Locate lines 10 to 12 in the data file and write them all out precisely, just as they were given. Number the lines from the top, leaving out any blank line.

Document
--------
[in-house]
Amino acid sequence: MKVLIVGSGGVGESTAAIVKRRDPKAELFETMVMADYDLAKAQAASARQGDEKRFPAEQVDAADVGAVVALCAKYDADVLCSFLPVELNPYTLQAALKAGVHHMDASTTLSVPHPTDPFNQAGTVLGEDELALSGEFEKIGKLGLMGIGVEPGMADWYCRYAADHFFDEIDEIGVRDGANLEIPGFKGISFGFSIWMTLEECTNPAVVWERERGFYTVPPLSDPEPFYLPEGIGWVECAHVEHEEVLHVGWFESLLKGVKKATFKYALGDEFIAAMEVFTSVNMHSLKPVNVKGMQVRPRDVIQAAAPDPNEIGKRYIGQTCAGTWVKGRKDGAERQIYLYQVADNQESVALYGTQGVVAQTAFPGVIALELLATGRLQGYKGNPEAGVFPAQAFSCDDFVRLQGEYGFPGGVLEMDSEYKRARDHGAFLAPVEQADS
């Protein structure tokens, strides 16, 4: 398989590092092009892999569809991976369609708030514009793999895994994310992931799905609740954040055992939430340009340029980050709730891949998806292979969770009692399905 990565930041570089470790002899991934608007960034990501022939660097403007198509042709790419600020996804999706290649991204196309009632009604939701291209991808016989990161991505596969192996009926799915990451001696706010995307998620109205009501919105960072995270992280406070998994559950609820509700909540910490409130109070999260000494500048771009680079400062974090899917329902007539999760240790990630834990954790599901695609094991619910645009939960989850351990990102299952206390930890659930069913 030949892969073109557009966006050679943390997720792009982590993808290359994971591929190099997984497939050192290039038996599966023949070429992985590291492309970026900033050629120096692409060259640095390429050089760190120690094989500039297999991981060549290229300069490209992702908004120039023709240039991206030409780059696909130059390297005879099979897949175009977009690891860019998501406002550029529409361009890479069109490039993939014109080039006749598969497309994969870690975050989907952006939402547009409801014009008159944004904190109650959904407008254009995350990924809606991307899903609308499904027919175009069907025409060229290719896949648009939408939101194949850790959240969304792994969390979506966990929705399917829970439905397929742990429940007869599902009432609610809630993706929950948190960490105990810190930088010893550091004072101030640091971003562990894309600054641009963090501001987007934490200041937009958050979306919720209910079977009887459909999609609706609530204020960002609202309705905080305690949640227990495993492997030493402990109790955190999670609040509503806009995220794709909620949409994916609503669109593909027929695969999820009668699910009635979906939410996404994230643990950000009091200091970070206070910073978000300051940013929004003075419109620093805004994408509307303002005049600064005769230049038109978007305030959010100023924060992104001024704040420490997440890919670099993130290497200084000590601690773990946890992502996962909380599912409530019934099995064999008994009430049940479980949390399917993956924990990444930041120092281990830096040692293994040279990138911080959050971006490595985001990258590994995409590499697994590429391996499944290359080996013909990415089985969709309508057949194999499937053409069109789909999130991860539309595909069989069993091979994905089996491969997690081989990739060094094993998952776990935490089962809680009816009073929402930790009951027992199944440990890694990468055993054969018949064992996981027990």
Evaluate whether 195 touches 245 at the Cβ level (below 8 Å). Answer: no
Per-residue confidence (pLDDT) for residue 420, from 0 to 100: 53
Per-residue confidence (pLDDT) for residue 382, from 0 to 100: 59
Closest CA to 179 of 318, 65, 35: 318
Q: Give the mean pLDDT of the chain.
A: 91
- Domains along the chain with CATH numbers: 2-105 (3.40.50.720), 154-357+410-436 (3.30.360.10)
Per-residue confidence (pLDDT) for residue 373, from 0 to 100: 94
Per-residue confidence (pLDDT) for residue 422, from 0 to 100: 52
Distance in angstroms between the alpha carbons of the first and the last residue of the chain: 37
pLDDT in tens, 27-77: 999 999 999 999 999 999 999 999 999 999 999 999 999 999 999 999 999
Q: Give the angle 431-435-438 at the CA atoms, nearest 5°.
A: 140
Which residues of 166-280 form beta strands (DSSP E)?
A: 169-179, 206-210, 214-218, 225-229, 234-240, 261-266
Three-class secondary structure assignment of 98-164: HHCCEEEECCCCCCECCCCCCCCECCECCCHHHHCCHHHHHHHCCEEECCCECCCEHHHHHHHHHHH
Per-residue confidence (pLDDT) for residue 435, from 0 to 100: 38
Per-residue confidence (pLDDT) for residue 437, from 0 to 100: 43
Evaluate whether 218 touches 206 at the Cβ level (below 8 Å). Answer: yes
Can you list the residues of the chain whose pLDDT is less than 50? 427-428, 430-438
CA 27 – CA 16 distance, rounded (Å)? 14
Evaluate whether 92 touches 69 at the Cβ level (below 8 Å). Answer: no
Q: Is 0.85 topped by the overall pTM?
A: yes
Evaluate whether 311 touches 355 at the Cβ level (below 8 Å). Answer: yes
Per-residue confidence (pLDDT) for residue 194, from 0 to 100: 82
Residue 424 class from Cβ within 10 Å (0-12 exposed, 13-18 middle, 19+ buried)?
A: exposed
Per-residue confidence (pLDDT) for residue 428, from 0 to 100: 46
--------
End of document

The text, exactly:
- Domains along the chain with CATH numbers: 2-105 (3.40.50.720), 154-357+410-436 (3.30.360.10)
Per-residue confidence (pLDDT) for residue 373, from 0 to 100: 94
Per-residue confidence (pLDDT) for residue 422, from 0 to 100: 52